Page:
It's not a macbook, but it's a nice professional looking rack now it's finished. It gives me redundancy and presents all of my outputs on panel mounted xlr's, rather than having an audio interface kicking around on the desk to get caught or unplugged.

I've been thinking about an idea like that, but a Macbook pro/air is more portable, so it wins for this application :)

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Helge A Bentsen

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Re: New qLab computer
« Reply #9 on: February 15, 2018, 05:16:30 am »

I use a late 2011 13-inch MBP that's basically as good as it gets for it's age/generation.  Fastest processor you could get.  Swapped out HDD for SSD. Swapped out DVD for second SSD.  8G RAM.

I've also got a newer 13" Macbook Air with 8G ram and an SSD.

Performance of the two is VERY similar, with the newer machine having only about a 10-15 percent edge in performance, even though it's about 5 years newer.

With either machine i very regularly run a DAW [Reaper] with 30+ inputs on record along with QLab, Slack [our communication software], TeamViewer [to remote into our Clearcom Eclipse frame], Safari [for internet things], Chrome [for web browser control of things like FSII and LQ], ITunes, and at least a few more little things [Calendar, Dante controller, Unity Intercom, etc.]  All at the SAME TIME.  I've never had either machine choke or cough or even act like it was working hard.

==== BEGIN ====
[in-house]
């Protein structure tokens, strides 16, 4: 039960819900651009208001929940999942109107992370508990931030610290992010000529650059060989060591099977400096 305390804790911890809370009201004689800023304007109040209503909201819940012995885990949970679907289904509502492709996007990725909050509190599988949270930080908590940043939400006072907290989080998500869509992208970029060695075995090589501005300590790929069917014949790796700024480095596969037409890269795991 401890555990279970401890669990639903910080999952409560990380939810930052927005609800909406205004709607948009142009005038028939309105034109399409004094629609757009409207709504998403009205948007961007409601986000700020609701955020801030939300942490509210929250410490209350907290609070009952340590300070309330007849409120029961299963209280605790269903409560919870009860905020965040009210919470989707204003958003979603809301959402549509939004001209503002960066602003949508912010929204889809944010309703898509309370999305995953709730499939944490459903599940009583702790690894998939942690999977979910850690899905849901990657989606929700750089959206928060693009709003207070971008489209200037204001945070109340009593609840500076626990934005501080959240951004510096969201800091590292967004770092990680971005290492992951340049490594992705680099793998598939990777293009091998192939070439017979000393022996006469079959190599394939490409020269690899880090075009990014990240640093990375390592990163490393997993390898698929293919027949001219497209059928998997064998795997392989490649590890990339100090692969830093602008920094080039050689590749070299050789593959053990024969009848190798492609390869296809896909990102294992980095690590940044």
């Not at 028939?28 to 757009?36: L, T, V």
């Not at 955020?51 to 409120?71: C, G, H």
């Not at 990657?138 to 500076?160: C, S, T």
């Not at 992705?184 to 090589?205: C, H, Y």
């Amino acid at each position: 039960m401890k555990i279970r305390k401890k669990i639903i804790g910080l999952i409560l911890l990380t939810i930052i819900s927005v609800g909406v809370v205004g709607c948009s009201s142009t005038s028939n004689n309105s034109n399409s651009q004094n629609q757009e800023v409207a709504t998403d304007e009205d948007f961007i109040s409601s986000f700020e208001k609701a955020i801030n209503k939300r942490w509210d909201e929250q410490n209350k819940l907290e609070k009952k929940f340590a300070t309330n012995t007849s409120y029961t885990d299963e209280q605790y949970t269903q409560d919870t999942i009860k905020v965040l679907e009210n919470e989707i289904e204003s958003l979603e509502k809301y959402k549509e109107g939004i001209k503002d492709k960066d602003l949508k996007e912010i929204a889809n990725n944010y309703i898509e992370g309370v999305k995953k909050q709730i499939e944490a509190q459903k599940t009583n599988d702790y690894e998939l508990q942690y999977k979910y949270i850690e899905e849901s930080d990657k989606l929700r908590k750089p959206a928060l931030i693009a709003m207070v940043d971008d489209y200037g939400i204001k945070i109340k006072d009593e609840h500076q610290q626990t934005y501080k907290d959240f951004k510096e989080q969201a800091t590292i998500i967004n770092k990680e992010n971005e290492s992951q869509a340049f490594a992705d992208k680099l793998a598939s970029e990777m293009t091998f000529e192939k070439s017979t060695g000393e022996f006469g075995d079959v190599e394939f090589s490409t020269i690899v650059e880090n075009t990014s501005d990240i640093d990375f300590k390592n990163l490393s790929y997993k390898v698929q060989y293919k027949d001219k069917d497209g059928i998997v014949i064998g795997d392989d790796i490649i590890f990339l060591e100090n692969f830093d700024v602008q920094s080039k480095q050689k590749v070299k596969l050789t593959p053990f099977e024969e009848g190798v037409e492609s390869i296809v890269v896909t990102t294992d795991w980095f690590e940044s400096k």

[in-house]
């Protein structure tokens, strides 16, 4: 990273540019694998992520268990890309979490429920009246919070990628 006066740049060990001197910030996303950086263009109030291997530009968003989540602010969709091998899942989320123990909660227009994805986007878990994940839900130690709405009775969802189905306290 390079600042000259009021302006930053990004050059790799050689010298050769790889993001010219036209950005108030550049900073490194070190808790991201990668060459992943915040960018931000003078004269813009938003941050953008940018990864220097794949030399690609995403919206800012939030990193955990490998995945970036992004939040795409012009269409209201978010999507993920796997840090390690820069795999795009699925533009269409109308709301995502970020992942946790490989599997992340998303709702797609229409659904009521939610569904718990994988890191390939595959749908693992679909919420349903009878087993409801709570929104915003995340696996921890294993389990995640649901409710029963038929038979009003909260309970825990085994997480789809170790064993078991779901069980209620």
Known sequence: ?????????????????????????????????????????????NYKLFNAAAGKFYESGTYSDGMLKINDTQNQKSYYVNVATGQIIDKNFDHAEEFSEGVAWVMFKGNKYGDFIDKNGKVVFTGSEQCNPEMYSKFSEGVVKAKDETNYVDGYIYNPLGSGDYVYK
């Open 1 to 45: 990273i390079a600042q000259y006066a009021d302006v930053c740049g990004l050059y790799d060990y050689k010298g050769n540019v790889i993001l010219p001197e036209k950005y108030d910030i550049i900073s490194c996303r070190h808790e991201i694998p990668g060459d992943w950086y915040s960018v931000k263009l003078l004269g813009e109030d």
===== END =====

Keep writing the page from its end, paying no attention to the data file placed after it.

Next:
[For those who are wondering, i do sometimes split all of this up between the machines and/or run QLab on two machines for crossfades and the like.  But often i don't just because it works fine to cram it all on one]

In short, the machines these days are Really Powerful.  It's possible to choke one up, but you really have to work at it.  Any reasonably current MB with at least 8G of RAM is gonna have no issues with QLab.

The REAL issue you're going to have with a newer machine is ALL THE STUPID DONGLES!!!!  But i digress....

Thanks for the input.

Macbook Air is available with USB3, I already have a USB-ethernet thing and my soundcards are all USB.
I'm leaning towards the Air as a solution :)